SLEEP is the ultimate ‘me’ time. But for those sharing a bed with a partner, unintentionally bad sleeping etiquette can mean it begrudgingly becomes all about your other half.

If you’ve ever awoken to your partner happily cocooned in the 12 tog while you’re clinging on to a hankies-worth, you’ll know exactly what I’m talking about.

It’s for this reason some couples have taken to sleeping separately – one in four to be precise. That’s according to research undertaken by The Sleep Council, and if anyone knows a good night’s sleep it’s them.

Jessica Alexander from The Sleep Council said: “Unfortunately, over time, all sorts of practical issues can get in the way and – particularly among more mature couples whose children may have left home – the call of the spare bed becomes increasingly difficult to resist. The result is a growing number of couples sleeping in separate rooms and unfortunately that can be the beginning of the end for many marriages.”

Should couples sleep in separate beds?Should couples sleep in separate beds?

But is it really that big of a deal?

Where snorers and those who like to sleep mimicking the shape of a star fish are concerned, separation can surely save your sanity, let alone your relationship. 

After all, this isn’t about sex, it’s about shut eye and the physiological importance of getting enough of it. While you may be completely and harmoniously compatible with your partner in all other aspects of life, sleep is the one time you’re not fully, if at all, in control of your actions.

Take sheet sharing for example. Your bed could be the size of an Olympic trampoline but unless you’ve opted for individual sleeping bags (which would be a bit weird let’s be honest) there’s always going to be a tug-o-war over the duvet at some point during the night. If you’ve ever awoken to your partner happily cocooned in the 12 tog while you’re clinging on to a hankies-worth, you’ll know exactly what I’m talking about. Then they wake up and deny it, of course.

Snoring is often another cause for separate beds and who can blame them (the victims that is)? From the snore that would easily win a sound clash with a pneumatic drill, to the featherweight breathy snore that could be considered cute if it wasn’t making you late for work every day, everyone has their own snore threshold.

Should couples sleep in separate beds?

Sleeping together hasn’t always been an issue mind. In fact, it used to be fun didn’t it....when it wasn’t every night. But the reality of a lifelong battle over body heat, space rationing, sleeping patterns and nocturnal noises can be too much to bear for even the most complete of couples. That’s not to throw the whole relationship into question then, but rather free yourself from the social stigma attached to sleeping separately surely?

All things considered, why do we even bother spending a third of our lives forcing ourselves to put up with another person’s sleeping habits? Can't we just sleep apart without falling apart? As Jessica from The Sleep Council quite rightly points out, for long spouses, it all comes down to a crazy little thing called love. Ahhhh.

"Sharing a bed is the ultimate intimacy” she said. “Research from America suggests that this intimacy helps to lower stress hormones and encourage feelings of safety and security.”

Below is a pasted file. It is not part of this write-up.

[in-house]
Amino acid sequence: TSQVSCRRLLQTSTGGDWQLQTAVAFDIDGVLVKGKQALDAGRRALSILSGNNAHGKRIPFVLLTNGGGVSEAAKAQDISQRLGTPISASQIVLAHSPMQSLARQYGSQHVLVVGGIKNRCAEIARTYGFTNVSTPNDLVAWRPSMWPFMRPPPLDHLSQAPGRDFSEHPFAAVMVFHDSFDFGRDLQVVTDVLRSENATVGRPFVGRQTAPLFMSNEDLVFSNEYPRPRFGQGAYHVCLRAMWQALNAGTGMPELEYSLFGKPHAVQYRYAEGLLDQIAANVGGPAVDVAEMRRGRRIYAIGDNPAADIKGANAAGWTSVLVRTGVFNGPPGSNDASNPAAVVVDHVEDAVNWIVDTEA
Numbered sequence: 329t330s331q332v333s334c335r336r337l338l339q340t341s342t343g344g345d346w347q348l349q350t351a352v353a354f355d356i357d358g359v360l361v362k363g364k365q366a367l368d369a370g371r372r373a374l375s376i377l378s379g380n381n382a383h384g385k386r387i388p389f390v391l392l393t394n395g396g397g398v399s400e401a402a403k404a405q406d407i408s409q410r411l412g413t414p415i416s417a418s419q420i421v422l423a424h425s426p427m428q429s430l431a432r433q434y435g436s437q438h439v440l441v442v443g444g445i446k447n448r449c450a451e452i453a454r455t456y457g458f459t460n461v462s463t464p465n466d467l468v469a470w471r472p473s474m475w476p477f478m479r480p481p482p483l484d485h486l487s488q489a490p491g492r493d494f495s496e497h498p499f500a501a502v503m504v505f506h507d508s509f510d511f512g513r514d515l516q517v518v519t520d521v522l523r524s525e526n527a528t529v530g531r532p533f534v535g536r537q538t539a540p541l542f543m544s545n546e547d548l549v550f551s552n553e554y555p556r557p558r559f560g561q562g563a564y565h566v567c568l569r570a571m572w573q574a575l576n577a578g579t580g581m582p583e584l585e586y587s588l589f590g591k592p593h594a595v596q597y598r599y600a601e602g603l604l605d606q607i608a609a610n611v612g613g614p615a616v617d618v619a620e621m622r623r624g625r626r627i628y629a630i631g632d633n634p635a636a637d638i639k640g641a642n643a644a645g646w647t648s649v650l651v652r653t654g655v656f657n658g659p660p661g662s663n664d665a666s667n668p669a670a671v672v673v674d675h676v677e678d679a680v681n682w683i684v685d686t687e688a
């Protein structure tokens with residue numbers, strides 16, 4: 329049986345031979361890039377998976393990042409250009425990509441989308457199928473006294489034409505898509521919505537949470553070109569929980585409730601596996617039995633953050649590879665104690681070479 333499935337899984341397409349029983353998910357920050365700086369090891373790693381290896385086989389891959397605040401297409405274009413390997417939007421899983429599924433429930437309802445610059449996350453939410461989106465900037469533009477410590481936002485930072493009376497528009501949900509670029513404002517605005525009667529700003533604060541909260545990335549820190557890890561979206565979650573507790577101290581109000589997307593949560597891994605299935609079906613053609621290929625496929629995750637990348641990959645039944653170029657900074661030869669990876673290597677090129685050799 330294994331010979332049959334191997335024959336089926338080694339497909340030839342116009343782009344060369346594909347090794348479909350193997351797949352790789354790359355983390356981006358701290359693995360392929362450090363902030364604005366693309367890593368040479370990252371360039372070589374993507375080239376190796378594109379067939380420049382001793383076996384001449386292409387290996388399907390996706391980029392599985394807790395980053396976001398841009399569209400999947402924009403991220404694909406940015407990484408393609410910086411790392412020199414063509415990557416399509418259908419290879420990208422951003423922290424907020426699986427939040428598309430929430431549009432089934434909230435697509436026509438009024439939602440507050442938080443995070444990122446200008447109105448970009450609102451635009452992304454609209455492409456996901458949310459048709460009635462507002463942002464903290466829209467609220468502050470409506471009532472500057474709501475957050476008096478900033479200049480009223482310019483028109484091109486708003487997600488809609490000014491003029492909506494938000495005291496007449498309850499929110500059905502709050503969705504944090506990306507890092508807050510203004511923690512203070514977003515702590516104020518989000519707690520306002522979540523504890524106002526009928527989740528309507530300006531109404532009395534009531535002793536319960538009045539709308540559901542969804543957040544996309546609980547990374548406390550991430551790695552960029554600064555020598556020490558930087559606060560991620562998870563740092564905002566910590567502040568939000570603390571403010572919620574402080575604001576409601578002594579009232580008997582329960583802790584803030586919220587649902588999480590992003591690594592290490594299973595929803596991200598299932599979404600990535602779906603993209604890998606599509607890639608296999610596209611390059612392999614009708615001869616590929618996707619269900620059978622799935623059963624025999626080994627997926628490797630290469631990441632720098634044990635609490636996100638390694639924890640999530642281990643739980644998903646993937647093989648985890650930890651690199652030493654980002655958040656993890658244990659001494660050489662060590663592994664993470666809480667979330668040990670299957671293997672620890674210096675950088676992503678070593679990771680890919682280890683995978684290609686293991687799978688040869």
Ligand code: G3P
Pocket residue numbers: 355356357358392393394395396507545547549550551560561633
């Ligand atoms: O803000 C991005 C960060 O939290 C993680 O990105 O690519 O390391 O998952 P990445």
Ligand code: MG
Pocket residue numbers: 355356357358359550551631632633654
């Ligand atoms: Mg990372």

In addition evidence also suggests couples who sleep together not only stay together but stay healthier too. So next time the couch is calling out, perhaps try The Sleep Council’s top ten tips (below) to combat what they call ‘Separate Rooms Syndrome’.

A change might very well be as good as a rest where sleeping routines are concerned. Don’t even get me started on the issue of separate bathrooms though...

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Should couples sleep in separate beds?

1. Both partners going to bed at the same time at least three nights a week. Different body clocks mean many couples tuck up at different times – alarm bells should sound when that starts to happen every night of the week.

2. Ensure the shared bed is comfortable for both partners and not just suited to one. Be sure to shop together for a new bed and get one that suits both people. Modern technology means even couples with different preferences can find a bed that suits them both thanks to zip-and-link or zoned mattresses.

3. Where duvet hogging is an issue, separate single duvets can work wonders.

4. Separate duvets can also work for bed sharers who have different temperature requirements. As a comfortable temperature (between 18 and 24 degrees centigrade) is essential to a good night’s sleep, individual duvets with a tog rating suited to each partner will put an end to heated debates of the ‘too warm, too cold’ nature.

(Click here to add text)5. Buy as big a bed as budget and room size allow. A standard double bed is only 4’6” wide which gives each person just the width of a baby’s cot to sleep in. More room means less partner disturbance.

6. Ensure the bedroom is an oasis of calm and tranquillity – ie. no tellies or any other technology likely to distract attention away from sleep and intimacy.

7. Make sure window coverings effectively block out the light. Long summer days may be welcome in many ways but light can have a detrimental effect on body clocks and sleeping patterns.

8. Develop a bedtime routine that works for both people. Body clocks need regularity and routine for successful sleep – share a warm milky or herbal drink or even a bath together before going to bed. And try to go to bed and get up at roughly the same time each day.

9. Remember that caffeine, alcohol, smoking and exercising or eating too close to bedtime can all make it more difficult to grab a great night’s sleep.

10. When snoring becomes a significant and ongoing problem, seek help. What starts off as a niggle can become a major issue for many couples – so get it sorted.